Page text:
The bottom line is that FHA’s request for new statutory authority should be carefully considered. While a requirement to transfer servicing is a less drastic alternative than the loss of FHA approval from the perspective of an approved mortgagee, the inability to realize fair market value for the mortgage servicing rights in question could have a significant adverse effect on a servicer. We would hope that any proposed legislation in this area would not authorize FHA to impair valuable mortgage servicing rights without, at a minimum, building in robust “due process” protections and standards of materiality or material adverse effect.

Consumer Financial Services Industry, Meet Your New Regulator

By: Melanie H. Brody, Stephanie C. Robinson

The centerpiece of the Dodd-Frank Act from a consumer protection standpoint is Title X, the Consumer Financial Protection Act of 2010. The Act will create a powerful consumer financial protection watchdog, the Bureau of Consumer Financial Protection. The majority of existing federal consumer financial protection laws will come under the Bureau’s purview, and the Bureau will have broad authority to enforce those laws and to issue its own rules under the Act. This alert describes the Bureau, including its structure, objectives, functions, jurisdiction, rulemaking authority and enforcement powers.

To view the complete alert online, click here.

This client alert is part of a series of alerts focused on monitoring financial regulatory reform. Below is a list of other alerts in the series:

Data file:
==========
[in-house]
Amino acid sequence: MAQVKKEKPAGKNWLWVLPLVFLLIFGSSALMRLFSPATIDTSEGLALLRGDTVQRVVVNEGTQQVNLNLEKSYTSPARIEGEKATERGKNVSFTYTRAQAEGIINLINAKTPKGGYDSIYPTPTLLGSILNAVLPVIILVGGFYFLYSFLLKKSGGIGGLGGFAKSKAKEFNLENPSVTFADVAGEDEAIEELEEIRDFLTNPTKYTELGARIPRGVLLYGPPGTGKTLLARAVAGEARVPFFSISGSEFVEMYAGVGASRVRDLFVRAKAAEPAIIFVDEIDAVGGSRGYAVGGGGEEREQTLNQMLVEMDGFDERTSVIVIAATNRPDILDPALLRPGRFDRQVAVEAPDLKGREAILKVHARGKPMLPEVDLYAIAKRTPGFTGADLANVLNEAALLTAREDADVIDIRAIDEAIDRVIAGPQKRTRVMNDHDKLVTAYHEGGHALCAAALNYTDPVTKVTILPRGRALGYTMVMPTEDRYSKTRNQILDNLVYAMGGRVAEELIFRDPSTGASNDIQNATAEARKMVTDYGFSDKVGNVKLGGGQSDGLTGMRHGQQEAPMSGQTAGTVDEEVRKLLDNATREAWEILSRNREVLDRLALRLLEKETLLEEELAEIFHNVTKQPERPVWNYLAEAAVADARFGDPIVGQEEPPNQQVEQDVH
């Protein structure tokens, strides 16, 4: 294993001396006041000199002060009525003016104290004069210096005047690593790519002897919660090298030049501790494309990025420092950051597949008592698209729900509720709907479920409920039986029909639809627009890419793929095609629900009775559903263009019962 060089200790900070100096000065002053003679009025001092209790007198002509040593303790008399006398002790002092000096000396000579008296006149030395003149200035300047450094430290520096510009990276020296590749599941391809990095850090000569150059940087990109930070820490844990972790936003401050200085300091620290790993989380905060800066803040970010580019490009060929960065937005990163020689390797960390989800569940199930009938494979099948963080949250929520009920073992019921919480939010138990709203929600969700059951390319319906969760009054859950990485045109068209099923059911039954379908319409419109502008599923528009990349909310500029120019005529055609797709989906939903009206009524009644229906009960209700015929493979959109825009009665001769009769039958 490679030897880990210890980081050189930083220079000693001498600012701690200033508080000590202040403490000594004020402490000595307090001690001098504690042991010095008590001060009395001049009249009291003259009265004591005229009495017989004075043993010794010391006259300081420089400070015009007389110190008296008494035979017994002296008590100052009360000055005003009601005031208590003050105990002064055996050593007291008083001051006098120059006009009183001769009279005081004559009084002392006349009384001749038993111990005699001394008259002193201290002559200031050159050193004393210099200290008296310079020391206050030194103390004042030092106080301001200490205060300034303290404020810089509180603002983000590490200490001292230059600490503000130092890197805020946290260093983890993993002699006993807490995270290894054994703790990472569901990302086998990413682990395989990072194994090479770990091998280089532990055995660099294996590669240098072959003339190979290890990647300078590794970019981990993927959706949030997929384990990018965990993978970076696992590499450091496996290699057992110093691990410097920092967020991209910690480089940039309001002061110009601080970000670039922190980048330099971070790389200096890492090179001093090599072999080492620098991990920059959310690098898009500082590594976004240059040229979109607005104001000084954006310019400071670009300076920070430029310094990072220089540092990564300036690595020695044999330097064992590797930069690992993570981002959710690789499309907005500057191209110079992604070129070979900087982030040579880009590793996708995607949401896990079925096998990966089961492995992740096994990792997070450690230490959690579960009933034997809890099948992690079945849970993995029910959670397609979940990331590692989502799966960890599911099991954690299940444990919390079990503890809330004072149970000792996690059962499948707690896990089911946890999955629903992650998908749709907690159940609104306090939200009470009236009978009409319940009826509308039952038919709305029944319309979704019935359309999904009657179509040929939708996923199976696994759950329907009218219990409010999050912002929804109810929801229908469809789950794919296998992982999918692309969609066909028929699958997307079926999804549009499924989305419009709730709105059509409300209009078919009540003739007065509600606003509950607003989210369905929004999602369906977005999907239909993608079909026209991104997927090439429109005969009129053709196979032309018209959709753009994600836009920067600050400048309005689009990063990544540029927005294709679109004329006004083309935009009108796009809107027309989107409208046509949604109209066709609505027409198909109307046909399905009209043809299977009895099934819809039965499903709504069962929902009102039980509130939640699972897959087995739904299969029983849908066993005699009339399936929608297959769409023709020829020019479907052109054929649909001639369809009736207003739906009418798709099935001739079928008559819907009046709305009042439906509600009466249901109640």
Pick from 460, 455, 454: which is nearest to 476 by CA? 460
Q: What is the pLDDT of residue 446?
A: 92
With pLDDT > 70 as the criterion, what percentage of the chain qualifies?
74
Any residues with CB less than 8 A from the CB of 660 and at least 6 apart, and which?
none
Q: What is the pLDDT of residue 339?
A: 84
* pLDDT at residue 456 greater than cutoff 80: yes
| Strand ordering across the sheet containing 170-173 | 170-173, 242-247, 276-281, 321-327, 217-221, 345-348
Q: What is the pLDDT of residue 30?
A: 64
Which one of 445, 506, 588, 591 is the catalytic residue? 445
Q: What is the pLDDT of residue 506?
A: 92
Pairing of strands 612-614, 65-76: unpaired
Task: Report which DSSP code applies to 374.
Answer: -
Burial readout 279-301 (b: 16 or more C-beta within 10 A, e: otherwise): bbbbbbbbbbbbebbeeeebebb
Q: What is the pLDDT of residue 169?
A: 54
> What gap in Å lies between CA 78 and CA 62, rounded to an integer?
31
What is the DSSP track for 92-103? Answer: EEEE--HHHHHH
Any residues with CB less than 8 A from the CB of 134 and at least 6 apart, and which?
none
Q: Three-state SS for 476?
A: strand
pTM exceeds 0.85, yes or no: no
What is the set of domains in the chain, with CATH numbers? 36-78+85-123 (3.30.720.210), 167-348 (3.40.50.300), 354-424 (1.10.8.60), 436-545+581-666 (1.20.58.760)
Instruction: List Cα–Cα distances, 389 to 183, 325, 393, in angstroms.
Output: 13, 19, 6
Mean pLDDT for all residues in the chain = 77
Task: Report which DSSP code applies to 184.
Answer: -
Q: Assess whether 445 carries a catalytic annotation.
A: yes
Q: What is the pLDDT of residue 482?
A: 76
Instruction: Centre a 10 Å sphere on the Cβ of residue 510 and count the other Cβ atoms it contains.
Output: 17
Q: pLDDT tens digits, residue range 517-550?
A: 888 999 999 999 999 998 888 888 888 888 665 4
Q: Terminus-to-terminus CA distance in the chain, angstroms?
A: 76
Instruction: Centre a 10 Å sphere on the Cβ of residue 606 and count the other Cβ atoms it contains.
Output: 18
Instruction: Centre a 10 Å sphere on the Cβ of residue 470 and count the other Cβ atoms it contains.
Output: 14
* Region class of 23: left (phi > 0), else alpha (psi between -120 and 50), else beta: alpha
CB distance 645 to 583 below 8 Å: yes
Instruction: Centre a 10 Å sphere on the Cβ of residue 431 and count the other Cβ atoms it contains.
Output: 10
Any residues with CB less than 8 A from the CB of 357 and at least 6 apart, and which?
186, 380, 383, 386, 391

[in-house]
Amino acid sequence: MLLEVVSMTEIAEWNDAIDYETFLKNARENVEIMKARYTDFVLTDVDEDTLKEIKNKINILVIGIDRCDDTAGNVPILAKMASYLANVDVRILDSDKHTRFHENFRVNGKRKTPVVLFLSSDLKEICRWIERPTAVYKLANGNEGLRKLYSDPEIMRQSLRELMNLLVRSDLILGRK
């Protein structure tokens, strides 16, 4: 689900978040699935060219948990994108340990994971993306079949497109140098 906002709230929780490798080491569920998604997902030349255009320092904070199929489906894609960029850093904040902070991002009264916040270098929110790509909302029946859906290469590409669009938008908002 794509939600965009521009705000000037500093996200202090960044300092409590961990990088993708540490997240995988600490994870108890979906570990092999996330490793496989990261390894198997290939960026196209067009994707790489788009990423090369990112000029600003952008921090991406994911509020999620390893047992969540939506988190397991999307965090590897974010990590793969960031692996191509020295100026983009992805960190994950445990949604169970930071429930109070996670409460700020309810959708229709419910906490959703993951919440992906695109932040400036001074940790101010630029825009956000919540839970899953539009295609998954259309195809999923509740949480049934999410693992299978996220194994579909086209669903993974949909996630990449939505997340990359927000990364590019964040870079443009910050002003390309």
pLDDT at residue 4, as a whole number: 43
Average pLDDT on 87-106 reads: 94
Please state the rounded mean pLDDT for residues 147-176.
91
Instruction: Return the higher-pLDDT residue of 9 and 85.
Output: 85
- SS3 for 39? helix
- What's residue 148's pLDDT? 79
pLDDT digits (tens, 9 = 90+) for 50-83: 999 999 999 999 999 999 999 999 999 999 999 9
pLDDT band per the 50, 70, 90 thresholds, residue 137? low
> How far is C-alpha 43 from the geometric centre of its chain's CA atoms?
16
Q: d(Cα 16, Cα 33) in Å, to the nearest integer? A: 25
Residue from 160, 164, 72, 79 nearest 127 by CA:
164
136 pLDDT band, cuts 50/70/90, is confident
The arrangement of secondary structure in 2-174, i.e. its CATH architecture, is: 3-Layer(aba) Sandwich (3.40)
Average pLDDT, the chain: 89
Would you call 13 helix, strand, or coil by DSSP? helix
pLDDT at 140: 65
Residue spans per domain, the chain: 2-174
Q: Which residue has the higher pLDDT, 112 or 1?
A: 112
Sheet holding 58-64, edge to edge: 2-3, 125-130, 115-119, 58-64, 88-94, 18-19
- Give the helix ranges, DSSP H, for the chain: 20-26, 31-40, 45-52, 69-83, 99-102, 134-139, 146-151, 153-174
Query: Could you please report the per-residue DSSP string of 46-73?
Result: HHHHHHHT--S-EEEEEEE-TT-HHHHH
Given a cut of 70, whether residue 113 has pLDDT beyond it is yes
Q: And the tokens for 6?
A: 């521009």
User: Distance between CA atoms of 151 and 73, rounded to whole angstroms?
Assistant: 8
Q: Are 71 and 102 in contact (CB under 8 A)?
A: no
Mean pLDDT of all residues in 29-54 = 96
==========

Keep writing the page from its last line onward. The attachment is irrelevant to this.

New Executive Compensation and Governance Requirements in Financial Reform Legislation – July 7, 2010

Financial Regulatory Reform – The Next Chapter: Unprecedented Rulemaking and Congressional Activity – July 7, 2010

Investor Protection Provisions of Dodd-Frank – July 1, 2010

Senate Financial Reform Bill Would Dramatically Step Up Regulation of U.S. and Non-U.S. Private Fund Advisers – June 8, 2010

Approaching the Home Stretch: Senate Passes “Restoring American Financial Stability Act of 2010” – June 8, 2010

Analysis of the Consumer Financial Protection Agency Legislation: Top Ten Issues

By:  Stephanie C. Robinson

The Obama Administration’s Financial Regulatory Reform plan is progressing through Congress. Last week, the House Financial Services Committee voted to approve H.R. 3126, the bill that would create a Consumer Financial Protection Agency. As we reported in a prior publication, the agency would have extremely broad regulatory and enforcement authority over providers of consumer financial products and services, with the power to impose high penalties. See our Mortgage Banking & Consumer Financial Products alert, Million Dollar Baby: The Consumer Financial Protection Agency Act of 2009, for a complete discussion of the bill as introduced.

The committee spent the past couple of days considering and voting on dozens of proposed amendments to Chairman Barney Frank’s (D-MA) original version of the bill. This alert highlights some of the issues we are being asked about most and what has changed since the bill’s July 8, 2009 introduction.

To view the complete alert online, click here.